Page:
As for the legality of THCO in the US, it is generally stated that it depends on who you ask. For example, on the legal status, the US website Leafly wrote that THCO products are in the marginal legal space between cannabis that is legal across the country and that which is not.

Some argue that THCO is legal under the 2018 Farm Bill because it is extracted from cannabis plants, but the situation is more complicated. Although THCO comes from the naturally occurring cannabis compound (CBD), it contains synthetic elements. The Farm Bill states that synthetically derived tetrahydrocannabinol is to remain a Schedule 1 substance (Schedule I is the category of addictive substances defined under the Controlled Substances Act). The legality of THC acetate may also be subject to the federal analogue law of 1986, which is part of the Controlled Substances Act, which is chemically similar to controlled substances.

There are currently no laws at European level, treaties at international level such as the 1961 Single Convention and European drug laws do not yet regulate these categories of compounds as they are new substances. Each country has a different approach to this issue, where THCO can be in a legal grey area and is an illegal substance, for example in Bulgaria, France, Sweden and the UK.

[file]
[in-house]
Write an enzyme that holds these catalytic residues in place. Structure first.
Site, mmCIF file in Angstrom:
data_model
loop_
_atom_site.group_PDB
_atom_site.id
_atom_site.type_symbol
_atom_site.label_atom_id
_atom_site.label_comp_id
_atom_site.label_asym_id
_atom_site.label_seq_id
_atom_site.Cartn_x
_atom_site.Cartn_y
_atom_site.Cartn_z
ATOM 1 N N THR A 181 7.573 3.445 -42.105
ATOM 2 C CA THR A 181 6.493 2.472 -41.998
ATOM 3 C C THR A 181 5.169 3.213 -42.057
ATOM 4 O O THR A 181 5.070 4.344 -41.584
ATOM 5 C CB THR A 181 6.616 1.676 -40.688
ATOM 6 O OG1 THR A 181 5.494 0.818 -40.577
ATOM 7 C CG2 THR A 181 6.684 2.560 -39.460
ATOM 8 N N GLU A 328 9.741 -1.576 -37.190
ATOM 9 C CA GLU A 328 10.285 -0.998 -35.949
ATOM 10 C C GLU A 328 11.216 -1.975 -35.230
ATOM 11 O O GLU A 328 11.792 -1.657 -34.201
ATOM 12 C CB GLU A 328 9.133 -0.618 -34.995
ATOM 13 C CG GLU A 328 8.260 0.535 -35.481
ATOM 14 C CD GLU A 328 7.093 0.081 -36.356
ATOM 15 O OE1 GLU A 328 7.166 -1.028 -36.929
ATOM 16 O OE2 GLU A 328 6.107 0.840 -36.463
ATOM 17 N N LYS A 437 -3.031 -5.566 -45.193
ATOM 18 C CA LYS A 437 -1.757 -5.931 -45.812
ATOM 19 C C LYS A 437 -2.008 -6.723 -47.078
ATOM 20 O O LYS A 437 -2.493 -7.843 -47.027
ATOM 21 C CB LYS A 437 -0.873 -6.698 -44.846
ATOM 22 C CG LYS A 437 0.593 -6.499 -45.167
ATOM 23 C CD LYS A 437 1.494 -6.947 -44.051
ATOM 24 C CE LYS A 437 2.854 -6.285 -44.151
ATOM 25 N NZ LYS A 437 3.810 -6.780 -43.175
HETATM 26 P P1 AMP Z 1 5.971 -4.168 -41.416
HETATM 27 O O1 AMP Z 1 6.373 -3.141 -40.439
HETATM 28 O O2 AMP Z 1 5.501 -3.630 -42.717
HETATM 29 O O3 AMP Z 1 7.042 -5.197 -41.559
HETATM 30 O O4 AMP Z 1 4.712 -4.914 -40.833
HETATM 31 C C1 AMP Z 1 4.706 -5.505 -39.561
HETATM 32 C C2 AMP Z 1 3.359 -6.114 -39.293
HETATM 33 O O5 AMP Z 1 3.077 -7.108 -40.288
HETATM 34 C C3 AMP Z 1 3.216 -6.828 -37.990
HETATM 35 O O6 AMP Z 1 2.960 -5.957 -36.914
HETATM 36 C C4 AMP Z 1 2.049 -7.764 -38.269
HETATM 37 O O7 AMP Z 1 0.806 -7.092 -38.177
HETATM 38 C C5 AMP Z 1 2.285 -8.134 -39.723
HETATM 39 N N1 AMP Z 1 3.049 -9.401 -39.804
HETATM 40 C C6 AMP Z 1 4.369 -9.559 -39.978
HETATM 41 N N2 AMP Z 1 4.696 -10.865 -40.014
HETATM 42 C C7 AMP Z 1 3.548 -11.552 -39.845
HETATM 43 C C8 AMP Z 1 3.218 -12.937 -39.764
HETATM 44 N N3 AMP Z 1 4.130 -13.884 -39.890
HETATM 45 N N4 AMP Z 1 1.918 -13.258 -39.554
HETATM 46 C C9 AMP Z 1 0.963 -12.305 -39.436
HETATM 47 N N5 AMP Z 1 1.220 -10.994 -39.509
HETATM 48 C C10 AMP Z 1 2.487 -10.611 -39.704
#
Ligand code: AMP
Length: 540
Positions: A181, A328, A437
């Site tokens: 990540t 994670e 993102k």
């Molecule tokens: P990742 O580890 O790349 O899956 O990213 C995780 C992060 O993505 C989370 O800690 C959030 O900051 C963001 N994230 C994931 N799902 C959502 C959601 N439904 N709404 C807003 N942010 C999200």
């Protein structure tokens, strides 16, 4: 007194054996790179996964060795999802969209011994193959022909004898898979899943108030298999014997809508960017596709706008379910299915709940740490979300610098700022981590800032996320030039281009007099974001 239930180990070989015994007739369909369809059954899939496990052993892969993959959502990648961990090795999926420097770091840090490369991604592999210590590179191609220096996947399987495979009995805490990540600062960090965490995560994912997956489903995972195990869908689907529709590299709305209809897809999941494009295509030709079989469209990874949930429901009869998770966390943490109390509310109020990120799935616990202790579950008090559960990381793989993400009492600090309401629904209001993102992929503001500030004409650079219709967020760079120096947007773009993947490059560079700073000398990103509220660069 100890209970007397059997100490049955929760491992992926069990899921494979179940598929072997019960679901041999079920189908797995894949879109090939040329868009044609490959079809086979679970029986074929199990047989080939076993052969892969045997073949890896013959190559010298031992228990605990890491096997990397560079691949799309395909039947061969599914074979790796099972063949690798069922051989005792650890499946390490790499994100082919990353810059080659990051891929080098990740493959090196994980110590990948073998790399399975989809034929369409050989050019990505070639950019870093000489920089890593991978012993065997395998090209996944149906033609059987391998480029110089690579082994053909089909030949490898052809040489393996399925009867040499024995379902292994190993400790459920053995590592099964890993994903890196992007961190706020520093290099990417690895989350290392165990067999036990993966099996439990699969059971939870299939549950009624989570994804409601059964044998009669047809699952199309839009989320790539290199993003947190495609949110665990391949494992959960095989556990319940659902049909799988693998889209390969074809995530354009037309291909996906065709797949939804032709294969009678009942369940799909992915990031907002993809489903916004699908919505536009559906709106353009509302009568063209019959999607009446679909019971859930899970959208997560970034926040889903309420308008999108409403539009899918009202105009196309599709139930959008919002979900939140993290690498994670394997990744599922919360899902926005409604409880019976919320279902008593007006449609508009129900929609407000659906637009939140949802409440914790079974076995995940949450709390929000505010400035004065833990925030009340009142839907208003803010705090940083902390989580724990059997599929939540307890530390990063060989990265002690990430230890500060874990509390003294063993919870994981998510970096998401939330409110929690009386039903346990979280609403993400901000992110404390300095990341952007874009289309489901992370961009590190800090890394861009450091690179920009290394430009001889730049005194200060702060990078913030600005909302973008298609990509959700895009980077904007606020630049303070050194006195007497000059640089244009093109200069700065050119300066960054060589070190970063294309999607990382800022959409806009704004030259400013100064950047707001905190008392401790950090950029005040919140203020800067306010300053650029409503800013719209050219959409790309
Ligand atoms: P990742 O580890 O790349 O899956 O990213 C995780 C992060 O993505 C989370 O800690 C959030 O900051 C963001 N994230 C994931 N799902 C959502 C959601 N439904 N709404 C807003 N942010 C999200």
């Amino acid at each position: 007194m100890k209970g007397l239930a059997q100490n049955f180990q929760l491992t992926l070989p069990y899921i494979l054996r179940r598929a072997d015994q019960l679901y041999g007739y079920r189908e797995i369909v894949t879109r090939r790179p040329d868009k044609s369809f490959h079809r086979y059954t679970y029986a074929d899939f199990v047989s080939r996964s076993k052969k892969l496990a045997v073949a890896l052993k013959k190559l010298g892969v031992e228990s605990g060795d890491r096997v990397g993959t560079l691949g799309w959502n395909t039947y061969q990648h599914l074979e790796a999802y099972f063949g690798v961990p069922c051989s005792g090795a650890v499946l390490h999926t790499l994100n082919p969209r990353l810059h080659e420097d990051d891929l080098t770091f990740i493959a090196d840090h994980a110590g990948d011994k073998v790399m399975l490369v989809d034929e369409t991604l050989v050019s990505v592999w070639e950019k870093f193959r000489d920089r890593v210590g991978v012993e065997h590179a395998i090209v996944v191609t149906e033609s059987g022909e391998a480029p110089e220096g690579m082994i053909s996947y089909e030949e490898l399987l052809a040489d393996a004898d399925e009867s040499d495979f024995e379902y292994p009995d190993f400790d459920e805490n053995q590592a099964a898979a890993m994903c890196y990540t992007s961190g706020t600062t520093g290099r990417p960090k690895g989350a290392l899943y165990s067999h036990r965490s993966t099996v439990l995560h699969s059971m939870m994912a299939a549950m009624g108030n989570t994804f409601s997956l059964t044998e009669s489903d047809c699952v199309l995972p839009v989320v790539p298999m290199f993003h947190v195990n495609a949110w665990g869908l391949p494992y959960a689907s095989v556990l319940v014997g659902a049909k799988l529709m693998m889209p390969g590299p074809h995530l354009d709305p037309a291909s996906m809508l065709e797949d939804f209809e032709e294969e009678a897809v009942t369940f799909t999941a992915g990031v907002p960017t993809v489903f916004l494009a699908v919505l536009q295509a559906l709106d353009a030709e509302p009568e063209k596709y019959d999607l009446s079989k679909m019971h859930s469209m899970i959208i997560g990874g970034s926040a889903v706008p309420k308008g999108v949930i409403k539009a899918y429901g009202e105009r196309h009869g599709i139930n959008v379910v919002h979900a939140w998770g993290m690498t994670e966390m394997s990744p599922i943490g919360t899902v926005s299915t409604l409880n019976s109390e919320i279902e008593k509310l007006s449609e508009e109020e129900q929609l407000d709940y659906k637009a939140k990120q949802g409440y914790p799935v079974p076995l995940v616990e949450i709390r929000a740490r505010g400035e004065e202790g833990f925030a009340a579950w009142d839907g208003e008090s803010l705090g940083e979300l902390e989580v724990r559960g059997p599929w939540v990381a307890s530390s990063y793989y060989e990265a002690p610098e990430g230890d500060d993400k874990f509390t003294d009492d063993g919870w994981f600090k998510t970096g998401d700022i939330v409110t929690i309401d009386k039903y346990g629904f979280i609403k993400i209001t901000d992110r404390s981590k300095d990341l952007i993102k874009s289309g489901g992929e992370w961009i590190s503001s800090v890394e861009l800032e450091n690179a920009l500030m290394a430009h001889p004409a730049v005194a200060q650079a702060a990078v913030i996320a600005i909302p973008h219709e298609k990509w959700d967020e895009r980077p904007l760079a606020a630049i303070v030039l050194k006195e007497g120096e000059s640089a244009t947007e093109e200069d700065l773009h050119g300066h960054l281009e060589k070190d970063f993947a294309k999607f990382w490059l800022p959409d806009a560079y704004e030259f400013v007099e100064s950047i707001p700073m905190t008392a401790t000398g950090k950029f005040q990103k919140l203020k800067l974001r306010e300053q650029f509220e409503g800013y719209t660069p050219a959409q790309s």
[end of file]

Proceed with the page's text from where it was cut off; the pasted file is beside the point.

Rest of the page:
As far as safety is concerned, precisely because of the lack of research, we cannot yet say with certainty that THCO use is without risks. Cannabis researcher and chemist James Stephens has pointed out that vaping the compound in a vape cartridge raises a number of safety issues, as combustion can activate other chemical reactions. He told Leafly, "We just don't know [what will happen], but you can't run around saying any of this is safe."

Experts also agree that the molecule, which is estimated to be three times more potent than delta-9 THC, puts consumers at a higher risk of getting "high" and experiencing negative psychological effects or other unpleasant manifestations.

If you are tempted by new compounds, shop at e-stores with which you have a good track record and choose retailers that have their products tested by an independent laboratory.

 

Author: Buds for Buddies

 

   

Photo: Shutterstock